ZIYAL: It's good to see you, too, Father. What are you doing on the
DUKAT: Oh, I had a little skirmish with a Klingon battle cruiser. My
ship was damaged, so I came here for repairs and to spend some time
with you. And I can see we have a lot to talk about.
SISKO: Remember, this is a reconnaissance mission.
You are to avoid Dominion ships at all cost. I want you back in one
WORF: What about Garak?
SISKO: I want him back too. I don't suppose I have to tell you to keep
a close eye on him.
WORF: At the first sign of betrayal, I will kill him. But I promise to
return the body intact.
SISKO: I assume that's a joke.
WORF: We'll see.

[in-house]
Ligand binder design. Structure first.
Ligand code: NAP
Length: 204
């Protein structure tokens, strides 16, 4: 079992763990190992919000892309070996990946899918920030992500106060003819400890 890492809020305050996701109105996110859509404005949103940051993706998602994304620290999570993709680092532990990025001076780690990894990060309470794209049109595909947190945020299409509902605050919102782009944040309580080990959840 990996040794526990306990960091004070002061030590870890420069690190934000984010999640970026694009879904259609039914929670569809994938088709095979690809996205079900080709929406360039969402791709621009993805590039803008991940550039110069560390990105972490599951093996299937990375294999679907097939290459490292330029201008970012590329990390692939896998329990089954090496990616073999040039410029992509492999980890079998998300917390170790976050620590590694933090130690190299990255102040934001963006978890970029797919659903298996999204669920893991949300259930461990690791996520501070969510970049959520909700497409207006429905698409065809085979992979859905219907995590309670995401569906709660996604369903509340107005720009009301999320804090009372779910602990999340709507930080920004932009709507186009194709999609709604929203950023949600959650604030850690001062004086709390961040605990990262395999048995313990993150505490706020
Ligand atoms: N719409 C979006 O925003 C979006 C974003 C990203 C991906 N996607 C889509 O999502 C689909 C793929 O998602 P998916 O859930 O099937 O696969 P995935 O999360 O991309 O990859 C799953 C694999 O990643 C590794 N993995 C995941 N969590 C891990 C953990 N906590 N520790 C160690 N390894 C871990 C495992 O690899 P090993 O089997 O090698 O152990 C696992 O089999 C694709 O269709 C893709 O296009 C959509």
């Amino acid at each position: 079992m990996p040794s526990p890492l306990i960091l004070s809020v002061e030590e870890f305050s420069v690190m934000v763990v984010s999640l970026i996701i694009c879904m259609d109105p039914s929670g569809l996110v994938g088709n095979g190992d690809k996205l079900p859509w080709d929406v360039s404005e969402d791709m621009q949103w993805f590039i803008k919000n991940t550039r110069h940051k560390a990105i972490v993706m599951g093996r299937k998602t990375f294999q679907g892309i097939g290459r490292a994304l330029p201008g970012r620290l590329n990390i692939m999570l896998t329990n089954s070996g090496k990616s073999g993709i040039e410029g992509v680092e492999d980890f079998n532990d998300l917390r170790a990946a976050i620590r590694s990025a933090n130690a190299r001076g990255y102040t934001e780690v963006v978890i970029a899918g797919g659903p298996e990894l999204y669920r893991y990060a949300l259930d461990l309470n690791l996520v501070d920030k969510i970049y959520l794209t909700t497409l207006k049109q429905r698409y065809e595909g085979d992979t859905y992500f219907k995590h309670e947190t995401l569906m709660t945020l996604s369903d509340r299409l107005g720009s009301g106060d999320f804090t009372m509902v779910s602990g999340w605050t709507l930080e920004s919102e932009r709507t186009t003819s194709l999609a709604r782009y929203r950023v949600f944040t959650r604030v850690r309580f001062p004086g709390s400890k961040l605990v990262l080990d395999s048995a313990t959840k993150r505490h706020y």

WORF: You want me to sponsor your application to
GARAK: What do you think?
WORF: I think it is a bad idea.
GARAK: I'd write the actual letter myself. I just need you to sign it.
WORF: Find someone else.
GARAK: Why? Because I'm a Cardassian? You're a Klingon, Nog is a
Ferengi. Starfleet Academy is a very accepting place.
WORF: You are not just a Cardassian. You are a spy, an assassin and a
GARAK: I know I've done some unfortunate things in the past, and I
regret them. That's why I want to join Starfleet. Why I need to join
Starfleet. I'm looking for a fresh start, a way to make up for all the
damage I've done. I need to prove to myself that I can be better than I
am, but I need your help, your support, to start me on my way to
WORF: If that is how you feel, I will consider your request.
GARAK: That's all I ask. Frankly, I think I can be quite an asset to
Starfleet. With my extensive experience I could skip the lower ranks